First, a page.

From Puerto Rico's standpoint, it is certainly worthwhile to look at New York's 1970s experience. However, what stands out are the differences between the two—rather than the similarities—both in the efforts when the crisis was ongoing and the external environment for the way out.
The main difference between New York and Puerto Rico is that the fundamentals of New York City's economy were still excellent, even at its nadir. Thus, their problem was a fiscal issue. The answer to a fiscal issue is simple: reduce spending and increase taxes. A growing economy will take care of the rest.
New York experienced the decline of a once thriving apparel industry. The receding competitiveness of this industry led to a decline in jobs, particularly low-income jobs, and population migration. Parallel to this structural issue were the shenanigans of New York City Hall, approving large budget deficits, granting concessions to labor unions, etc.
However, even at the depth of its throes, New York had plenty of world-class sectors that would bring the city back if the fiscal situation was brought under control. Wall Street was the largest financial complex in the world, the U.S. advertising industry had its epicenter in New York, the city was home to many Fortune 500 headquarters, Broadway had no rivals in U.S. theater, world-class hospitals dotted the landscape, and the city remained a major tourist global destination throughout the crisis.
Contrast with Puerto Rico, whose leading world class sector, life science manufacturing (pharma, bio-tech, medical devices), has suffered from the repeal of IRS Section 936 incentives and the enactment of P.R. Law 154, a tax on inter-company sales. Tourism is competitive, but hardly a world-beater. Other industry segments are presently too small to move the needle.
Geography is another major difference. In the 1970s, some jobs and residents of New York moved to the suburbs and New Jersey. Thus, these jobs and people were still part of the New York economy's ecosystem. In contrast, population emigration from Puerto Rico—a small island in the Caribbean—has a more fearful effect for the long-term growth of its economy and the sustainability of public debt.
On the way out of its debt crisis, New York received substantial support from the state and federal governments. Despite the initial "drop dead" message from President Ford, the federal government came up with a $2.3 billion loan, representing about 15% of the New York City debt at the time. New York State took over the cost of financing the New York City university system and a portion of welfare and court systems. In contrast, Puerto Rico is unlikely to get such support.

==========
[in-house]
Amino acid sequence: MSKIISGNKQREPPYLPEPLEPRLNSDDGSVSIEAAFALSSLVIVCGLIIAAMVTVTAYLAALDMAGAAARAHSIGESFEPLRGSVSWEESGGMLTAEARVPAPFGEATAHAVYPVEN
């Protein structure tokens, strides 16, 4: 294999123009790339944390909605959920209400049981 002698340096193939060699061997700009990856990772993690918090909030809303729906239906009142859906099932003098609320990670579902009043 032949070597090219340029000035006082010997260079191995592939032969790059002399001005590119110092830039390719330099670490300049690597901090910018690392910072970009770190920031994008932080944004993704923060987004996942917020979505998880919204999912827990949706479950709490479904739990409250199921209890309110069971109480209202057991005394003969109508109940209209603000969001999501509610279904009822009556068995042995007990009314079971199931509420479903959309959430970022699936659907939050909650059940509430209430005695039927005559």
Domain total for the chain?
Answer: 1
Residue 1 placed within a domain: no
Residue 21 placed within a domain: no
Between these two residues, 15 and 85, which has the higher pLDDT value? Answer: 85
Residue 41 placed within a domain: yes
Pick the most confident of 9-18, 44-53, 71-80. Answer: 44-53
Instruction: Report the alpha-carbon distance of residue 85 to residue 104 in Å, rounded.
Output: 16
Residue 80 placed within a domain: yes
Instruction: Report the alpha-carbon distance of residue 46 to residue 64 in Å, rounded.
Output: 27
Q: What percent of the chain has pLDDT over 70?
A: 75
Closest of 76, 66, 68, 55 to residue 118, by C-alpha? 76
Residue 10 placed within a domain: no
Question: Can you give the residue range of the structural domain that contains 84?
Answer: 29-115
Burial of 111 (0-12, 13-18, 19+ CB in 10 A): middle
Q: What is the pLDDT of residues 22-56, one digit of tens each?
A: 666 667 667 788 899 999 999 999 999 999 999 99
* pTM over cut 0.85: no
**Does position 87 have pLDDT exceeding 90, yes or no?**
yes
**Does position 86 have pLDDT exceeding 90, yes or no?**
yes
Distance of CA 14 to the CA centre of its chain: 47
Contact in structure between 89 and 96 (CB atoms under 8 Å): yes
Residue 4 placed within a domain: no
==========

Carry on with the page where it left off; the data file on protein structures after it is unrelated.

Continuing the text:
While Puerto Rico exhibited many of the fiscal policy traits of NY City Hall up until 2006, this has not been the case since then. Continually, new taxes have been imposed and public sector employment has contracted. Among the measures taken are: a new 7% sales tax in 2006, the dismissal of thousands of employees in 2009, the major restructuring of pension plans in 2013.
Assets have been transferred to the private sector such as the Luis Muñoz Marín International Airport and Highway PR-22 in public-private partnerships with decades-long concessions. In this sense, Puerto Rico has gone beyond what New York City was ever asked to do, since the city still owns and operates its airports.
And yet, Puerto Rico is in dire straits. The reason is that Puerto Rico's problem is no longer fiscal. As James Carville would say, "It's the economy, stupid."
The real problem with Puerto Rico is not a public sector that is too large, but a private sector that is too small. As of 2014, there were approximately 15 residents for every government sector job in Puerto Rico, close to the 14.5 average for the United States. The problem is that Puerto Rico has 5.4 residents for each private sector job, while the United States has 2.3 residents for each private sector job.
The fiscal adjustments undertaken since 2006 have, as expected, contracted the economy, reduced jobs and promoted emigration. This leads to an erosion of tax collections, which in turn leads to another round of fiscal adjustment.
The way out of this predicament is to generate activity in the sectors that compete in the global economy, what economists call tradable goods. New York had, and has, plenty. Puerto Rico's performance since 2006 has been underwhelming.
Detroit took harsh adjustments, from wage cuts to public sector workers to reduction in pension benefits. It still filed for bankruptcy. The fundamentals of Detroit's economy were that of a one-industry town. When the auto industry contracted, the capacity of the city to sustain its debt collapsed.
Puerto Rico's circumstances are not close to Detroit, but they are very far from those of New York.